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Though it wasn’t a major seller, it appealed to mothers-in-law and college kids alike, and for a few months, it seemed like RCA had lucked into the sort of crossover rock singer that wasn’t supposed to exist anymore. La Montagne’s sophomore release, 2006’s , scraped the Top 30 of Billboard’s Top Albums chart, but it didn’t register anywhere near the impact that its predecessor enjoyed; instead of building a slow, wide buzz, it peaked early and disappeared fast.Though still beloved by the mp3-blog faithful, La Montagne seemed to lose some of that crossover momentum – probably thanks, at least in part, to the follow-up’s darker tone, which turned off anyone looking for more of the bucolic sounds of the debut.Sousa reads poems from Church of Needles as well as a selection of diary entries written by Esther Small. n the dark days of 2004, when spiraling CD sales were crippling the record industry and legal downloading was still in its relative infancy, Ray La Montagne made for the kind of heartwarming story that true believers in the major-label system desperately needed."I'd much rather be playing songs than talking to people," he says.It's not an entirely convincing claim, because if anything his on-stage demeanour is even worse.All of the above, however, is exactly what some purists have quibbled with: La Montagne or classic soul records, but to more experienced ears, they’re just calorie-free exercises in nostalgia. He may not have scaled the heights of the artists his music so strongly evokes, but La Montagne is a fine songwriter – and one who, as , but these 10 tracks find La Montagne squarely in his folk-soul wheelhouse, moving comfortably between midtempo burners and hushed, urgent ballads.(On the sixth track, “Meg White,” he even flashes a sense of humor.) It won’t change your life, and it doesn’t deserve a spot next to the true classics of the genre, but is one of the most pleasurable listens that classic rock fans are going to find this fall, and it offers further proof that Ray La Montagne is a developing artist with a voice worth hearing – and if it’s a voice that it feels like we’ve heard before, so much the better.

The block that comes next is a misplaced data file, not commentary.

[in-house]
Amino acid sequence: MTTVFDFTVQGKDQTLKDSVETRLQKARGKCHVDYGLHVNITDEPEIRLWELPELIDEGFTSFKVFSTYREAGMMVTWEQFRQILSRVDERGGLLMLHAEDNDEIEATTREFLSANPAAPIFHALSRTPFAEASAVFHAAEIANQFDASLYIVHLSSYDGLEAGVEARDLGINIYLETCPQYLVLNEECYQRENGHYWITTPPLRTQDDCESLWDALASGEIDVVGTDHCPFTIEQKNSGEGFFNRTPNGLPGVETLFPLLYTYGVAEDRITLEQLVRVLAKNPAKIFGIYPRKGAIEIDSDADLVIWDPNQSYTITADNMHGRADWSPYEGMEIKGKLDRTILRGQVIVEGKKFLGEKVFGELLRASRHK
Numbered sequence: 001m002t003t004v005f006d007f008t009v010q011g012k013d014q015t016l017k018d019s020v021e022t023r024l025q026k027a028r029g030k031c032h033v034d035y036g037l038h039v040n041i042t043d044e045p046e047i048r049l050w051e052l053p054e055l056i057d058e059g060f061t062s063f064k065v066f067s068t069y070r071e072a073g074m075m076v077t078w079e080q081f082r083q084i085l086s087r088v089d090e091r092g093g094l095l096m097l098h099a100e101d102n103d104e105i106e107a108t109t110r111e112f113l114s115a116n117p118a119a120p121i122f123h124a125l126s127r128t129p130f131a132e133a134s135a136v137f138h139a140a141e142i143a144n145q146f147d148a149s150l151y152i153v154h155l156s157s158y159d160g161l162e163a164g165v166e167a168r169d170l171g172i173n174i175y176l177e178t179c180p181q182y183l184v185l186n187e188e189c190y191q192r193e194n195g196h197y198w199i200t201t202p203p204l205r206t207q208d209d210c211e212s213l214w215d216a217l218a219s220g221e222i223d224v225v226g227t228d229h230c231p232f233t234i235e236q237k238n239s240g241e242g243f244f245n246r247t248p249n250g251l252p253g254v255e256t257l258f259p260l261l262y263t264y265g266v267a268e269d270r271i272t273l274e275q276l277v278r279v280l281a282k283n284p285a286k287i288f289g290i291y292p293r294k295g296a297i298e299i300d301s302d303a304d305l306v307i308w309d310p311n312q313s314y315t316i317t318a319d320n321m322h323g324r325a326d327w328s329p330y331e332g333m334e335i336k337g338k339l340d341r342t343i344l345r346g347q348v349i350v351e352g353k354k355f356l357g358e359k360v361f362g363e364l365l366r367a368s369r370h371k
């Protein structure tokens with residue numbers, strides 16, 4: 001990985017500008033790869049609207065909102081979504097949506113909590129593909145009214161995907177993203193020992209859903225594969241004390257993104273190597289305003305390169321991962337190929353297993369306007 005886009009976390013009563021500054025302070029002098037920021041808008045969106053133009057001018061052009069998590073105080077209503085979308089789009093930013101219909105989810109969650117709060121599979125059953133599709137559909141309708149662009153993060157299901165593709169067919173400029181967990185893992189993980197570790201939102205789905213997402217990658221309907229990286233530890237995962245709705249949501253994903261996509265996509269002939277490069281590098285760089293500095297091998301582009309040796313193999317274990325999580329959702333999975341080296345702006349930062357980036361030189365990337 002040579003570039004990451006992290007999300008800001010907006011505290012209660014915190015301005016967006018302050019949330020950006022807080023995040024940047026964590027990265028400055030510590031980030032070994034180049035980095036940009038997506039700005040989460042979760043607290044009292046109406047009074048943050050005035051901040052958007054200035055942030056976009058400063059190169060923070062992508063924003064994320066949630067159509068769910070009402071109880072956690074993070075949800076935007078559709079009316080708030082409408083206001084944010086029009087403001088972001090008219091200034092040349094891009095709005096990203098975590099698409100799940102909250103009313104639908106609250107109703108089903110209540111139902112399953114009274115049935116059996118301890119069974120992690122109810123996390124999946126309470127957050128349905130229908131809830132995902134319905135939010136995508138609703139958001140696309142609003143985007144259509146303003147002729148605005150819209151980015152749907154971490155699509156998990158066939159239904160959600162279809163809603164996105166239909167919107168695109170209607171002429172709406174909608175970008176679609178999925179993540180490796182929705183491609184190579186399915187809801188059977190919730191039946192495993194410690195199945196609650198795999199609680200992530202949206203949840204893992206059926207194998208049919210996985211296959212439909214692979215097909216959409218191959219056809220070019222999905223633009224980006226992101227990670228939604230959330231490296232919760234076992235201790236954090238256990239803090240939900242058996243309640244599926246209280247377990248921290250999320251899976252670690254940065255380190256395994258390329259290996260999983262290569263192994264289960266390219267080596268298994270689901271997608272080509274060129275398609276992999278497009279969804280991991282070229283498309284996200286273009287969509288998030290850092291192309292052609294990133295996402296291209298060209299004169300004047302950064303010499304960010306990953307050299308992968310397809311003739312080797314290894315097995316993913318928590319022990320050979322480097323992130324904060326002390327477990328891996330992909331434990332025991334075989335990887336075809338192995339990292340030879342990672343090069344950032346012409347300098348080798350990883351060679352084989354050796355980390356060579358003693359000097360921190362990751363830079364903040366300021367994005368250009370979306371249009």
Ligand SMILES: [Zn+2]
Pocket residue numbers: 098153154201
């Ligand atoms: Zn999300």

The rambling free-form blues of "Henry Nearly Killed Me, (It's a Shame)" touches on Canned Heat, John Lee Hooker, and the Rolling Stones; it's another high point here.One thing is certain, that given the consistency and vision La Montagne has shown on all three albums, punters are certain to follow him wherever he goes next.You Are the Best Thing Ray La Montagne Let It Be Me Sarah I Still Care for You Winter Birds Meg White Hey Me, Hey Mama Henry Nearly Killed Me (It's a Shame) A Falling Through Gossip in the Grain To prevent your personal details being misused please do not put emails or phone numbers in questions.Gossip in the Grain is La Montagne's most adventurous recording, yet in many ways it's also the most focused and well executed.The partnership with Johns has become almost symbiotic at this point; his songwriting has become so confident, sure, and expressive -- despite the ready intimacy in its subject matter -- that he's become a kind of force majeure.
But I'm trying, I'm really trying."Of all the artists I have ever watched or met, I have never come across anyone so ill-suited to the profession as Ray La Montagne.